_This article has been originally published on Gamasutra._
In the last article we introduced a basic approach for Inventory-Aware Pathfinding (IAP), a pathfinding algorithm capable of interacting with obstacles and not just avoiding them. If you have not read it, I encourage you to go back and read it to understand the basic challenges and the main ideas behind the proposed solution.
For instance, we can have a pathfinding algorithm that can solve small plans and “puzzles” involving reasoning like “before passing this door, I need to get that key”. This is definitely planning territory. However, if we focus on a small subset of the problem, we may squeeze the algorithm into the pathfinding search itself.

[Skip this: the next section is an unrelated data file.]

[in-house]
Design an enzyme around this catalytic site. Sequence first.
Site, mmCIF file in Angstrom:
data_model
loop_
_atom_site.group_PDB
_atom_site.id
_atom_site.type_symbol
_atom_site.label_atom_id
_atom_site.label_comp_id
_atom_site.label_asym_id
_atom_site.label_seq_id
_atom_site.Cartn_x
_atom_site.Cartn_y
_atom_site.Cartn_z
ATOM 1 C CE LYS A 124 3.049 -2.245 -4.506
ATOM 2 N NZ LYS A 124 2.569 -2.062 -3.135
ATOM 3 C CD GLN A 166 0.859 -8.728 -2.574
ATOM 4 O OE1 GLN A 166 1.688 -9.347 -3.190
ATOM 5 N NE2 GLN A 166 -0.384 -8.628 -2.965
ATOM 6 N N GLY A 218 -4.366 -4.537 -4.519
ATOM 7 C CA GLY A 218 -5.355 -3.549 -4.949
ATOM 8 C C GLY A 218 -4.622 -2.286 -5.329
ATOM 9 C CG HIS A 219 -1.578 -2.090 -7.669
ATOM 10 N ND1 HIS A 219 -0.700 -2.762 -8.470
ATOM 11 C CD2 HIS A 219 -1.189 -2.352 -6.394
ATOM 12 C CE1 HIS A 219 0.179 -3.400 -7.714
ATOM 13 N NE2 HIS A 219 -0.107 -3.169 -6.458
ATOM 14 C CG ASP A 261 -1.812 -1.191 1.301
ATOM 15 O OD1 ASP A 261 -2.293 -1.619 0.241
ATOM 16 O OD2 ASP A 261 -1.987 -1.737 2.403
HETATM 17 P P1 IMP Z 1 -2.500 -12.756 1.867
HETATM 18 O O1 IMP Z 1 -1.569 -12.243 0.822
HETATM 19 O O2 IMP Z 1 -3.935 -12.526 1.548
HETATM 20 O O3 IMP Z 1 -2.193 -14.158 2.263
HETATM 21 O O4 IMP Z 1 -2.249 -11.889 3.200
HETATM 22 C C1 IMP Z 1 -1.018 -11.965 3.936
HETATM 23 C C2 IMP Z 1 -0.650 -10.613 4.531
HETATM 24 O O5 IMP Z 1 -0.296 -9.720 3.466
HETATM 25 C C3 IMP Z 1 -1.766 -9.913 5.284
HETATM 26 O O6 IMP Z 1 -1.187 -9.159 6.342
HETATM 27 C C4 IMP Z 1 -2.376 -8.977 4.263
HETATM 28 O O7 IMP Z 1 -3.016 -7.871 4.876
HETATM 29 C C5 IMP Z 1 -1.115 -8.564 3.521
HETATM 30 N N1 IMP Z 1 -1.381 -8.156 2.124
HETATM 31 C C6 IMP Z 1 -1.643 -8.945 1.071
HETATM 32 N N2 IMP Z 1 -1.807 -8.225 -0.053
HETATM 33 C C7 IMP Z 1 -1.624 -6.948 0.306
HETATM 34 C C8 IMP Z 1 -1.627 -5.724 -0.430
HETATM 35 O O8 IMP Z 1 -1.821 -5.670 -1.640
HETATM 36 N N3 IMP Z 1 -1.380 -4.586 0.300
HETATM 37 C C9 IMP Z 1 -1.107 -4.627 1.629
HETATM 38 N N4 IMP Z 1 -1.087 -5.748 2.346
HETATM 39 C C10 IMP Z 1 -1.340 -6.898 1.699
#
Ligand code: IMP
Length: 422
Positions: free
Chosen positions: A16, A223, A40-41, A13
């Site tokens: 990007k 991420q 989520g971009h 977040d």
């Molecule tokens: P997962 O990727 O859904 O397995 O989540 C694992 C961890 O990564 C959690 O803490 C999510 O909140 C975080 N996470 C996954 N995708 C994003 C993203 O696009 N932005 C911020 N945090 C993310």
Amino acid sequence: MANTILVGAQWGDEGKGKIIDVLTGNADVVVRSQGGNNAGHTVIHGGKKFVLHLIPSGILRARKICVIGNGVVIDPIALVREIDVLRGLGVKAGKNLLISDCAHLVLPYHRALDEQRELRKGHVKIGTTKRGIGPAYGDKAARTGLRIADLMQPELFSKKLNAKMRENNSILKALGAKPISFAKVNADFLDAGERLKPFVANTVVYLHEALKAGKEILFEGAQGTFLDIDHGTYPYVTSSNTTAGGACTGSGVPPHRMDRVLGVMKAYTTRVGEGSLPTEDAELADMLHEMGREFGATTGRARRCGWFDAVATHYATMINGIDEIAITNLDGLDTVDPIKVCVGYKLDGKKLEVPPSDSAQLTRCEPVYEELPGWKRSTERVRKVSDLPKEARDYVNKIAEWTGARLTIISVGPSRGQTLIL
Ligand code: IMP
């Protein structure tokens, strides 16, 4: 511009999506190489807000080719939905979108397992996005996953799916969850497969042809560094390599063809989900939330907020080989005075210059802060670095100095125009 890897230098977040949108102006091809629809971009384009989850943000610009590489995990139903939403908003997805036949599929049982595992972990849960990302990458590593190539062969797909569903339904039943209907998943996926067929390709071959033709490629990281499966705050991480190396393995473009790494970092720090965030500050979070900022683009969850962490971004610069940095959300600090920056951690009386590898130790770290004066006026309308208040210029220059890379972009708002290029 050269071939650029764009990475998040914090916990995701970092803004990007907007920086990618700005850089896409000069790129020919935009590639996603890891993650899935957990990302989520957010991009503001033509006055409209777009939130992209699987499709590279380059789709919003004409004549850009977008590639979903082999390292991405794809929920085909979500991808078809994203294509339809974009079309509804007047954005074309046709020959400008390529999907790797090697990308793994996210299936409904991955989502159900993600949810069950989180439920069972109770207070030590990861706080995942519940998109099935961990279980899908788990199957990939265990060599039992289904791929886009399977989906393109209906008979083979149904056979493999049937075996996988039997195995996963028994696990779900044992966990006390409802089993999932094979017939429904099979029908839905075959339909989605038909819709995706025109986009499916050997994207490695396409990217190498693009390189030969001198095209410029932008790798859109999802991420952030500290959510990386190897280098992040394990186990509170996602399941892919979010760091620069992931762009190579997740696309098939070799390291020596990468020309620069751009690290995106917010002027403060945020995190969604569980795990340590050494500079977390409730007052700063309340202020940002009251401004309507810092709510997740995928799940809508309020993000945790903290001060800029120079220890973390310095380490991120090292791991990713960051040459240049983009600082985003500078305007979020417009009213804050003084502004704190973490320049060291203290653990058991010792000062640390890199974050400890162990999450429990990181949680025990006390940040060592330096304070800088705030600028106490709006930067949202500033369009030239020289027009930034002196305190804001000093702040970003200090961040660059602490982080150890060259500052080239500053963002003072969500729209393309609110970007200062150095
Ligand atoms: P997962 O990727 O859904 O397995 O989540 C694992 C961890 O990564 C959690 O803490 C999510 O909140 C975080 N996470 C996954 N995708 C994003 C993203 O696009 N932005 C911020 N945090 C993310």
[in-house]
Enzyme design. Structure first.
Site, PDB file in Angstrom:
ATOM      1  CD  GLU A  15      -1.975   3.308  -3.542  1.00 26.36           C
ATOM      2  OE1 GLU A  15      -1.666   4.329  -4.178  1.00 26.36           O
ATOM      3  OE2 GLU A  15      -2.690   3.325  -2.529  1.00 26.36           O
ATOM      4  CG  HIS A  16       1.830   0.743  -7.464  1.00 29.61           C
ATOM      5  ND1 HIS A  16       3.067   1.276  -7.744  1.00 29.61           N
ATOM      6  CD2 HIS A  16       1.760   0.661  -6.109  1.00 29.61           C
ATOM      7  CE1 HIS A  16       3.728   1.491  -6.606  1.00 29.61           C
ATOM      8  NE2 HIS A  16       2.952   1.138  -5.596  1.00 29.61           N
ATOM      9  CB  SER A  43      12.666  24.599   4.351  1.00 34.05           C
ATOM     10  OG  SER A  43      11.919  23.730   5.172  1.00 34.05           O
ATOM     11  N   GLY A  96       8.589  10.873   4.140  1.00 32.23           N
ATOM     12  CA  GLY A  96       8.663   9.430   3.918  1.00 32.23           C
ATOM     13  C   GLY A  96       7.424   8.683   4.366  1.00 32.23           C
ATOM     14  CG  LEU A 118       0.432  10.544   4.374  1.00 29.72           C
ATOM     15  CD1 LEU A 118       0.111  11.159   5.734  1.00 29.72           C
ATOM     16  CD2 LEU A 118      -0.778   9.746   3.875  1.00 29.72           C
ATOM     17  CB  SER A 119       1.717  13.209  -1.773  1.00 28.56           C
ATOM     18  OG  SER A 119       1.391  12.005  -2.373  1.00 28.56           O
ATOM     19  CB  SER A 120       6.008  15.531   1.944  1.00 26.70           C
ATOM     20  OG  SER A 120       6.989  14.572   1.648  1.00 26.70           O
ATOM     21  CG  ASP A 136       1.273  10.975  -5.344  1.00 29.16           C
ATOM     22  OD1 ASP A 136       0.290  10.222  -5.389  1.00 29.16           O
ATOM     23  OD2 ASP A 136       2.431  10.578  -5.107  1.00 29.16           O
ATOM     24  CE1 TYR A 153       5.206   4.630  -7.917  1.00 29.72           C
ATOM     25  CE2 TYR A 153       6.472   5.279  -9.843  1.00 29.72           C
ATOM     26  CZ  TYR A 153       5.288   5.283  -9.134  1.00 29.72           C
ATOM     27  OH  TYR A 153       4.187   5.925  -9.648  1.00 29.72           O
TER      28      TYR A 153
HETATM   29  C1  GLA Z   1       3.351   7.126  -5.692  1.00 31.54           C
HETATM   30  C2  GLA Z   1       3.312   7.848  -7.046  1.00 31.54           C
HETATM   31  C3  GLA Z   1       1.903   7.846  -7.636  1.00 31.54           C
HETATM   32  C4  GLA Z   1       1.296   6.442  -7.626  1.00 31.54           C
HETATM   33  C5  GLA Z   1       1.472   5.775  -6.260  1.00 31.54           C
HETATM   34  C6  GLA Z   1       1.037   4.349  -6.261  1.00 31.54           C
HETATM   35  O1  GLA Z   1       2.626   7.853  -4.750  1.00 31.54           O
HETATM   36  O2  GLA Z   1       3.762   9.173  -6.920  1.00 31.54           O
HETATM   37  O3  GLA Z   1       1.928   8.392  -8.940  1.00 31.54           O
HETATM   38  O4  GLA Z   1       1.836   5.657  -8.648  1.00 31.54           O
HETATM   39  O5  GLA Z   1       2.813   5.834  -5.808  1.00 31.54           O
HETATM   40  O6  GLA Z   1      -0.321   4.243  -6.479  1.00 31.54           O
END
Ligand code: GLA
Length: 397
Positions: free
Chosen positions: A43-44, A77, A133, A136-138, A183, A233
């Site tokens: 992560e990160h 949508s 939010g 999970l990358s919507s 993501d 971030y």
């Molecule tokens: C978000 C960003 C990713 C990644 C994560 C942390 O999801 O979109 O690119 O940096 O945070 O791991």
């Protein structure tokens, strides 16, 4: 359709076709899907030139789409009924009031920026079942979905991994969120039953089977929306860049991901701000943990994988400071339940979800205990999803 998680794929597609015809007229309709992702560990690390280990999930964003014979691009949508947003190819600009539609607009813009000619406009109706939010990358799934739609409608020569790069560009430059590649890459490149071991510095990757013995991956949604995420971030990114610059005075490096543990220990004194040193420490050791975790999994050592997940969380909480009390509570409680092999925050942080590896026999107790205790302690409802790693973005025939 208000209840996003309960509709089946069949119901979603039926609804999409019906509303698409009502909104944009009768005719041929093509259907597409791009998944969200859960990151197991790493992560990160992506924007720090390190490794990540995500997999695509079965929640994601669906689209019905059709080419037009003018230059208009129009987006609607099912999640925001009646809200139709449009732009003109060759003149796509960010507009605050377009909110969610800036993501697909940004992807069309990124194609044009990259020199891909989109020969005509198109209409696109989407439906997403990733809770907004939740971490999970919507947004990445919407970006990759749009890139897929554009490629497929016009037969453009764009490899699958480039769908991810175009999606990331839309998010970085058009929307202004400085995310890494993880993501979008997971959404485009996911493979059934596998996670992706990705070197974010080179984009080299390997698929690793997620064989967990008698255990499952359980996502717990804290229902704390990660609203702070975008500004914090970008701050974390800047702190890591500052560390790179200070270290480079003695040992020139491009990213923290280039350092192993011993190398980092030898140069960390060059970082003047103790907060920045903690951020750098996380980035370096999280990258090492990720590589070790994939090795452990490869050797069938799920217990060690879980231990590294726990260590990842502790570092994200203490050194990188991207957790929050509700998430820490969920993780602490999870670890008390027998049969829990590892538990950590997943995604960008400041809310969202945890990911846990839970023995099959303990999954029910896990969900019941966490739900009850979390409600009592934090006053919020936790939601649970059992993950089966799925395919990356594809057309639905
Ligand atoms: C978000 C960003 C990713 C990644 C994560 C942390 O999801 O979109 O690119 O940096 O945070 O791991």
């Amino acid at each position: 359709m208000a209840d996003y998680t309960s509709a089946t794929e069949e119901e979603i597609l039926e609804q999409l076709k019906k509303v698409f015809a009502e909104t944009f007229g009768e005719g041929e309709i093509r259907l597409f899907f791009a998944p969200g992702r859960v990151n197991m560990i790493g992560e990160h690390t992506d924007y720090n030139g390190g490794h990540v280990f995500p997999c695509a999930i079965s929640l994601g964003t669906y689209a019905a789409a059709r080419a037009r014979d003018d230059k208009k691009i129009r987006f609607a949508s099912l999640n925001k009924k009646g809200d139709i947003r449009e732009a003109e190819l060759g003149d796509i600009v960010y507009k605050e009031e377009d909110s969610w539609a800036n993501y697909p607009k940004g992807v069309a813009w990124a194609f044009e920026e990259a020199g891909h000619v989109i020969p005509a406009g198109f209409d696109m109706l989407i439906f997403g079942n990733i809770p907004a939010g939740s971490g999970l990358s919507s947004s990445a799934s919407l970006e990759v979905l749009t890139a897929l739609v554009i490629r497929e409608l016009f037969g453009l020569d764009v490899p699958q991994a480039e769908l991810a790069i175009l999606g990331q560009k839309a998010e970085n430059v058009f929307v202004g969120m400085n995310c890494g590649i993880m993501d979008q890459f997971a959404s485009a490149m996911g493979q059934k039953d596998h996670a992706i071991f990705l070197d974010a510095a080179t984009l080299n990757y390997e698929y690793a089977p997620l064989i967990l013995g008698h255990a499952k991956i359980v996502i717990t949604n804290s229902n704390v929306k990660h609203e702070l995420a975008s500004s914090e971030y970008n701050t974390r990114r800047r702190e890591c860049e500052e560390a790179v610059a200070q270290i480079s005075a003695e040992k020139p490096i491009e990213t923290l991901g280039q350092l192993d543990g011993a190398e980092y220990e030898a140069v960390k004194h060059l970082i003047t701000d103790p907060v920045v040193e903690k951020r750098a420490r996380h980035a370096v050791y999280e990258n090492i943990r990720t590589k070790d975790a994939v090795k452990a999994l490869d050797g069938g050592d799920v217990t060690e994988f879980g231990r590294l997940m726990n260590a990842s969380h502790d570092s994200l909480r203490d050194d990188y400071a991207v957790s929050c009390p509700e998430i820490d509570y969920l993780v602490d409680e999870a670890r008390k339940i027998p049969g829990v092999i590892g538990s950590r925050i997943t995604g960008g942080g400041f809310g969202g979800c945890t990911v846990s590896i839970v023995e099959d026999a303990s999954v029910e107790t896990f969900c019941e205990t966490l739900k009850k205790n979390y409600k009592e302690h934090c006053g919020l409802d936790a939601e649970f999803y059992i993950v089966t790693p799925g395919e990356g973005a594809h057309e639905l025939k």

In order for the red NPC character to reach the King, he needs the
KEY to open the door. But to get the
KEY, he needs to give the
MEAT to the
DRAGON. But to do this he needs to kill the
SKELETON with the
MAGIC AXE. Or he can talk to the
MONKEY and get a
SPECIAL ARMOR that allows him to pass the
We have already seen that, if we focus on this type of item-related problems, then we can tweak the problem in such a way it can be naively solved by a traditional pathfinding algorithm with just a minimal set of changes.
Unfortunately, the resulting problem grows exponentially with the number of collected items. If a pathfinding algorithm is not good at pruning the search space, it can barely solve problems with more than 2-3 items on the map.
To solve this problem, we can use smarter algorithms (like Jump-Point Search) and push the limit to 7-8 keys/items on the map (that are more than enough for many games). However, using this simple approach we cannot avoid the main drawback of IAP. If a path cannot be solved, the algorithm will lose time by searching into a huge amount of “copies of the original map”.